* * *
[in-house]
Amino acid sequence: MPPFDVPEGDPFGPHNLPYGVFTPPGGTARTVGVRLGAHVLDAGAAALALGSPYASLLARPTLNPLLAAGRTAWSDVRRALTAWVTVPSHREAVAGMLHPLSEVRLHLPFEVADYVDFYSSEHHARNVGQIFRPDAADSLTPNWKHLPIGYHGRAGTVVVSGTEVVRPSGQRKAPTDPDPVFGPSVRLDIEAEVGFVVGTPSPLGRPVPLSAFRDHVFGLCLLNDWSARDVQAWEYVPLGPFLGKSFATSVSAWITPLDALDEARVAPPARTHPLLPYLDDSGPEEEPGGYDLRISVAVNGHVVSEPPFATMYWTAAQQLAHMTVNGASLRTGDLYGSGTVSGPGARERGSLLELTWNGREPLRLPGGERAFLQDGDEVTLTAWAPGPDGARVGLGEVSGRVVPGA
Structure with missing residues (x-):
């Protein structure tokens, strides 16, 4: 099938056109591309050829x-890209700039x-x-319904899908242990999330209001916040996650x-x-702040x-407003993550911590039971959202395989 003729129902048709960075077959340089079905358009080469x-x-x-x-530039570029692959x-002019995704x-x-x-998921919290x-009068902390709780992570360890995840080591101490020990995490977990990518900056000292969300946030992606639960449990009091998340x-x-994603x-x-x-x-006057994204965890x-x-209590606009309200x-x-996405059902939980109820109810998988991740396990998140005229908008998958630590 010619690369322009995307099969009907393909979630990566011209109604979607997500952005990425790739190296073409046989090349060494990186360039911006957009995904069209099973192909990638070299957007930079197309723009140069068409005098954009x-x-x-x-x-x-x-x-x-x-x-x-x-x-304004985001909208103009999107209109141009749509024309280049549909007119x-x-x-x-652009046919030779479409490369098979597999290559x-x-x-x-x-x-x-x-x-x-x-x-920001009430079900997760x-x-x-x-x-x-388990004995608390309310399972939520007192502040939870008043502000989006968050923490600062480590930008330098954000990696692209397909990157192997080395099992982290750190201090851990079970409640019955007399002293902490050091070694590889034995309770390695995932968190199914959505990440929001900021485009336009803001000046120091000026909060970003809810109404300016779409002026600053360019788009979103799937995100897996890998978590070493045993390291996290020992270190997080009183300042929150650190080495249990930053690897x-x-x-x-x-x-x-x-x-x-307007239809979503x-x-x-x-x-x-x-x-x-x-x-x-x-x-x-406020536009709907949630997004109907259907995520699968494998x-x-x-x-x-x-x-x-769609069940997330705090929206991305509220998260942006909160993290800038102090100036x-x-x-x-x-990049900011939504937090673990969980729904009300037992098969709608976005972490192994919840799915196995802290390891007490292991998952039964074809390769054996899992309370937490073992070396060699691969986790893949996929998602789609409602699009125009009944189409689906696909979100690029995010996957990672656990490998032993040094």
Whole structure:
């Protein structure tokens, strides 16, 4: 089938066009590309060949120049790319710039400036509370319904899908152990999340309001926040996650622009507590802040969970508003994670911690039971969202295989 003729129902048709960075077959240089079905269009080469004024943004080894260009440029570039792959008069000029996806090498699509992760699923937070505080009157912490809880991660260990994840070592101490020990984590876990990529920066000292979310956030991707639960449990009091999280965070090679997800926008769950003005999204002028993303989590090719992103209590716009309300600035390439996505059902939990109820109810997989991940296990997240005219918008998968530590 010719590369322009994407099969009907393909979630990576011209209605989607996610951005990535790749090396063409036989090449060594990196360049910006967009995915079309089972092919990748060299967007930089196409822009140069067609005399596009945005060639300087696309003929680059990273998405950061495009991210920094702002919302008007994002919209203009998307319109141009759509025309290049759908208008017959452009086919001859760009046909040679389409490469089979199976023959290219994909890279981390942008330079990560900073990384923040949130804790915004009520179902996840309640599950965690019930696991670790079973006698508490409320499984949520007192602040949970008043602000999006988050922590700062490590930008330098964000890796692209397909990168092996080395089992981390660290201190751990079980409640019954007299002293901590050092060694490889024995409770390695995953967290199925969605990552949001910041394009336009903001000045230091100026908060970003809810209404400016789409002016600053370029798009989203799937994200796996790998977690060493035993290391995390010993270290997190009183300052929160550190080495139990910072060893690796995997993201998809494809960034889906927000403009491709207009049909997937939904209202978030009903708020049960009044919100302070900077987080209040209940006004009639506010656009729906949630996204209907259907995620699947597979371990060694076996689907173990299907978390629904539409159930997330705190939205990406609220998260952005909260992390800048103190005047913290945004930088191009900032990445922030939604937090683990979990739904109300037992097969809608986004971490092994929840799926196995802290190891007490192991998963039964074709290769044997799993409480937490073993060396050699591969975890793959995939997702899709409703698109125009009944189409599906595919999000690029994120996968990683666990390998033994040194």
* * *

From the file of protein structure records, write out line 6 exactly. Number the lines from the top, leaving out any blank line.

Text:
């Protein structure tokens, strides 16, 4: 089938066009590309060949120049790319710039400036509370319904899908152990999340309001926040996650622009507590802040969970508003994670911690039971969202295989 003729129902048709960075077959240089079905269009080469004024943004080894260009440029570039792959008069000029996806090498699509992760699923937070505080009157912490809880991660260990994840070592101490020990984590876990990529920066000292979310956030991707639960449990009091999280965070090679997800926008769950003005999204002028993303989590090719992103209590716009309300600035390439996505059902939990109820109810997989991940296990997240005219918008998968530590 010719590369322009994407099969009907393909979630990576011209209605989607996610951005990535790749090396063409036989090449060594990196360049910006967009995915079309089972092919990748060299967007930089196409822009140069067609005399596009945005060639300087696309003929680059990273998405950061495009991210920094702002919302008007994002919209203009998307319109141009759509025309290049759908208008017959452009086919001859760009046909040679389409490469089979199976023959290219994909890279981390942008330079990560900073990384923040949130804790915004009520179902996840309640599950965690019930696991670790079973006698508490409320499984949520007192602040949970008043602000999006988050922590700062490590930008330098964000890796692209397909990168092996080395089992981390660290201190751990079980409640019954007299002293901590050092060694490889024995409770390695995953967290199925969605990552949001910041394009336009903001000045230091100026908060970003809810209404400016789409002016600053370029798009989203799937994200796996790998977690060493035993290391995390010993270290997190009183300052929160550190080495139990910072060893690796995997993201998809494809960034889906927000403009491709207009049909997937939904209202978030009903708020049960009044919100302070900077987080209040209940006004009639506010656009729906949630996204209907259907995620699947597979371990060694076996689907173990299907978390629904539409159930997330705190939205990406609220998260952005909260992390800048103190005047913290945004930088191009900032990445922030939604937090683990979990739904109300037992097969809608986004971490092994929840799926196995802290190891007490192991998963039964074709290769044997799993409480937490073993060396050699591969975890793959995939997702899709409703698109125009009944189409599906595919999000690029994120996968990683666990390998033994040194």